We sometimes err in our desires. In blindness we crave injurious pastures. It is our wisdom to leave all to Him. He is all wisdom and all love. He will tend wisely and most kindly. All good things will assuredly abound. Perhaps we err if we claim this psalm as our exclusive portion. Jesus Himself once knew the need of the poor sheep; but He found a Shepherd in His heavenly Father, and He lacked nothing.

2. "He makes me to lie down in green pastures; He leads me beside the still waters."

A picture of rural beauty expands before us. We see a happy flock resting in calm quietness in fields rich in luxuriant plenty; we see them guided to meadows through which refreshing streams glide tranquilly. The scene is perfect. Here is repose amid abundance. Nothing disturbs the calm enjoyment.

The antitype is the believer's soul secure from all alarms, peaceful in knowledge of the Lord's protection, feasting on the rich provision of His Word, regaled with sustaining promises, nurtured by the Spirit's rich supplies, reposing under the shadow of the cross, drinking the cooling streams of scriptural teaching, delighting in the sacramental feast. How ample is this sweet provision! Who will not thankfully exclaim, "I have all, and abound?"

This picture also exhibits Jesus. Amid His many troubles His soul could calmly rest on the assurance of His Father's love, and feed rejoicingly on covenant engagement.

3. "He restores my soul; He leads me in the paths of righteousness for His name's sake."

There are times when grace appears to fade, when trials trouble and depress, when lively vigor faints and deadness chills the soul. Sad indeed would be the outcome unless the watchful Shepherd rendered help; but He assists the downcast; He shows reviving smiles; He brings the cordial of some precious promise. The withering leaf renews its freshness; the tottering limbs again are strong; the heavenward path in ways of righteousness is again stoutly trod.

Jesus often drank depression's weakening cup. His soul was troubled; but help from above restored unwavering strength.

4. "Yes, though I walk through the valley of the shadow of death, I will fear no evil; for You are with me; Your rod and Your staff, they comfort me."

Our sorest trial is when, with feeble step, we traverse the cheerless valley of death. The climate is chilly. Nature fails. We shrink from the icy hand; but still there is no fear. The tender Shepherd is by our side; His gentle guidance removes apprehension. The waters fail to overwhelm. Sweet texts bring light, and the Spirit applies comfort. Your rod, Your staff, the emblems of the Shepherd's care, drive back the threatening foes, and give sustaining strength. To lean on Jesus in the darkest hour is light and joy and peace. The Good Shepherd knows the chilly hand of death. He has passed this dark valley; but His God was with Him. Ministering angels brought support. He found no evil, and no evil shall destroy His sheep.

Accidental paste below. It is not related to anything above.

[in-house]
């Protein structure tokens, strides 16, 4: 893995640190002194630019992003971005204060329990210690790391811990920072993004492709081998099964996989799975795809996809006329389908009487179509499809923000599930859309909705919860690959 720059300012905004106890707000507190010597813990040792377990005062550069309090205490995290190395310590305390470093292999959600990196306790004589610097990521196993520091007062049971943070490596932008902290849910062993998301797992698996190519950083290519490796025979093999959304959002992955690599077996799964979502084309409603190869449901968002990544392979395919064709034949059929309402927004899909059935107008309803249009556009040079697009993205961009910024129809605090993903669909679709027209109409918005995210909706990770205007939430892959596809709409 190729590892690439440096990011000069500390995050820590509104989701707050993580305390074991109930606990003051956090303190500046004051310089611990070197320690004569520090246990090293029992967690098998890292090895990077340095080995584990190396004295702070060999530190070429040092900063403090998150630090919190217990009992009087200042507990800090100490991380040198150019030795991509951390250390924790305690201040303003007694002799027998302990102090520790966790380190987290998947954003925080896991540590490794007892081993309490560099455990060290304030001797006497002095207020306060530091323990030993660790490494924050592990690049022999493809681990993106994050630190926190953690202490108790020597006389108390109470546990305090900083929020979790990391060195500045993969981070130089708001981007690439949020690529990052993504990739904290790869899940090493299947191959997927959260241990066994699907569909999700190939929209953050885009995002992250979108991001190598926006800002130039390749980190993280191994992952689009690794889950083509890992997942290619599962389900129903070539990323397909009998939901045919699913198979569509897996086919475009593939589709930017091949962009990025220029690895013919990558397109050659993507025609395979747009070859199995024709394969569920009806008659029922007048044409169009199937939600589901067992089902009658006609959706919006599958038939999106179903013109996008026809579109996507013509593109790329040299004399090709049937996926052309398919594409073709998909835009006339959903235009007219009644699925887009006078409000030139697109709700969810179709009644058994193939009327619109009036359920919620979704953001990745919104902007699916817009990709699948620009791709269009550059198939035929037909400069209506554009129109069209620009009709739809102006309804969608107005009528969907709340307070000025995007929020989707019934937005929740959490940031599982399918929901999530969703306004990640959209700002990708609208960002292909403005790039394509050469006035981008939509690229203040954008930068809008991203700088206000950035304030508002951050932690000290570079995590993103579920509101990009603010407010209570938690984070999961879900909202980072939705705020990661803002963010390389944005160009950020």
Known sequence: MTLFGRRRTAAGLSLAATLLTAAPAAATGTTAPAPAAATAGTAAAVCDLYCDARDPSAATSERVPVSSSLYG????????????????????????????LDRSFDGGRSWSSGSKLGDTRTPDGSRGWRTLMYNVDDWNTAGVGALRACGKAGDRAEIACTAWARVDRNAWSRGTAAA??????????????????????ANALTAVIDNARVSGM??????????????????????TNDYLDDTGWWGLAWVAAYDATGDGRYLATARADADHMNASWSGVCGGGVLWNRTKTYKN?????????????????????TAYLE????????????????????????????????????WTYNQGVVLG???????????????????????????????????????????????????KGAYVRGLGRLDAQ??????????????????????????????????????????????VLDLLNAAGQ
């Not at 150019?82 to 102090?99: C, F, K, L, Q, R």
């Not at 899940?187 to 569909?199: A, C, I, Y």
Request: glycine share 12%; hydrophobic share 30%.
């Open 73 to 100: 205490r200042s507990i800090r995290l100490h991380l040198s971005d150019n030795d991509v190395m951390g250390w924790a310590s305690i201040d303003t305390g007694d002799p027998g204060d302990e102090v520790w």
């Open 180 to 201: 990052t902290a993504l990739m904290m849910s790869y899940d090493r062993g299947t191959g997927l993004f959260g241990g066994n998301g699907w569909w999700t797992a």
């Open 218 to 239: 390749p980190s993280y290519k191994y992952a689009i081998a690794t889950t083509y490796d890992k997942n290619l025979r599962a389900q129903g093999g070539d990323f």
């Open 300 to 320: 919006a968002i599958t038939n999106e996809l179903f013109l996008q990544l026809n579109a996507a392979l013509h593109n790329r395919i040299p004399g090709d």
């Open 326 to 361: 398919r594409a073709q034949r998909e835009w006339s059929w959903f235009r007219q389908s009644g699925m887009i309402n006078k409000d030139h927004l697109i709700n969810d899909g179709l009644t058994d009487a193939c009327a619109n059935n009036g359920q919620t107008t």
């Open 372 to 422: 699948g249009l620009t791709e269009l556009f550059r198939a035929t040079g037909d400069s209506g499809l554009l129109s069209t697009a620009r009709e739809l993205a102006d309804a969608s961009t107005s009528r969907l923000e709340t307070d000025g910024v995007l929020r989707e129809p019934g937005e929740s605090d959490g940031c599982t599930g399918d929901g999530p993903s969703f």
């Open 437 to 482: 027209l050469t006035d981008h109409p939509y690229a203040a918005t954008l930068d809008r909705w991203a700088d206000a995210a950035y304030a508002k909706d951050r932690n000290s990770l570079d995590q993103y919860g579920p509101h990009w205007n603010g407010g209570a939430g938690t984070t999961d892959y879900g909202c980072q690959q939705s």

5. "You prepare a table before me in the presence of my enemies; You anoint my head with oil; my cup runs over."

Our enemies stand round in vast array, but they cannot destroy enjoyments. In their sight God spread a banquet of delights. His inward unction causes the heart to show all kinds of radiant joy, as the countenance refreshed with ointments. We hold a cup; God's hand supplies it; He pours in pleasures to the extent of capacity to receive. The overjoyed believer feels, "Stop, stop; it is enough;" but still the goblet overflows. Who can measure the delights of God's presence, smile, and word?

6. "Surely goodness and mercy shall follow me all the days of my life; and I will dwell in the house of the Lord forever."

Such is faith's sweet assurance. While days below continue, goodness and mercy, close as closest shadow, shall bring up the rear. What good thing can be absent if the Lord is present, and Jesus confirms the pledge, "Lo, I am with you all the days, even to the end of the world?" Failure there can never be. No sheep will perish or be left behind. All will be safely gathered in the many-mansioned house. There will the Great Shepherd ever dwell amid His ransomed flock. Great Shepherd, You are our all; we lovingly adore You!



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« Reply #29 on: October 09, 2006, 08:39:11 AM »

Psalm 24

Jesus ascends in triumph to His throne in heaven. May we in spirit ascend there, and with Him continually dwell!

1, 2. "The earth is the Lord's, and the fullness thereof; the world, and those who dwell there; for He has founded it upon the seas, and established it upon the floods."